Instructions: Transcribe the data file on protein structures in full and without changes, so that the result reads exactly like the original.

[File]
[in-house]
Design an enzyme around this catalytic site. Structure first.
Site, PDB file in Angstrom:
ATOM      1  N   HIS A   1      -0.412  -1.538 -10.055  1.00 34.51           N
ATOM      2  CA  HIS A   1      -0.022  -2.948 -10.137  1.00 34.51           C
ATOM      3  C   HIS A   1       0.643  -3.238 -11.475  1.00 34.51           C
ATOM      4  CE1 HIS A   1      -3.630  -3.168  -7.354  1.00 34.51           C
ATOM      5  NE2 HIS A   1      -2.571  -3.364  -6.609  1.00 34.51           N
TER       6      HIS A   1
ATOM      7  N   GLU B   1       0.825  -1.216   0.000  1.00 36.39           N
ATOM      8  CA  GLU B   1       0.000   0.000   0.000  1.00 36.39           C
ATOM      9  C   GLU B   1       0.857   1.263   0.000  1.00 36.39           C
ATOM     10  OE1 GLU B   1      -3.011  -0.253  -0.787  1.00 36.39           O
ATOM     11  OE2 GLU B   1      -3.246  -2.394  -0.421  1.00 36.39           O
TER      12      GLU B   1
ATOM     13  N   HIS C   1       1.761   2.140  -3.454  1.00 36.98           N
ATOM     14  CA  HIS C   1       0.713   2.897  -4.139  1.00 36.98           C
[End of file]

[in-house]
Design an enzyme around this catalytic site. Structure first.
Site, PDB file in Angstrom:
ATOM      1  N   HIS A   1      -0.412  -1.538 -10.055  1.00 34.51           N
ATOM      2  CA  HIS A   1      -0.022  -2.948 -10.137  1.00 34.51           C
ATOM      3  C   HIS A   1       0.643  -3.238 -11.475  1.00 34.51           C
ATOM      4  CE1 HIS A   1      -3.630  -3.168  -7.354  1.00 34.51           C
ATOM      5  NE2 HIS A   1      -2.571  -3.364  -6.609  1.00 34.51           N
TER       6      HIS A   1
ATOM      7  N   GLU B   1       0.825  -1.216   0.000  1.00 36.39           N
ATOM      8  CA  GLU B   1       0.000   0.000   0.000  1.00 36.39           C
ATOM      9  C   GLU B   1       0.857   1.263   0.000  1.00 36.39           C
ATOM     10  OE1 GLU B   1      -3.011  -0.253  -0.787  1.00 36.39           O
ATOM     11  OE2 GLU B   1      -3.246  -2.394  -0.421  1.00 36.39           O
TER      12      GLU B   1
ATOM     13  N   HIS C   1       1.761   2.140  -3.454  1.00 36.98           N
ATOM     14  CA  HIS C   1       0.713   2.897  -4.139  1.00 36.98           C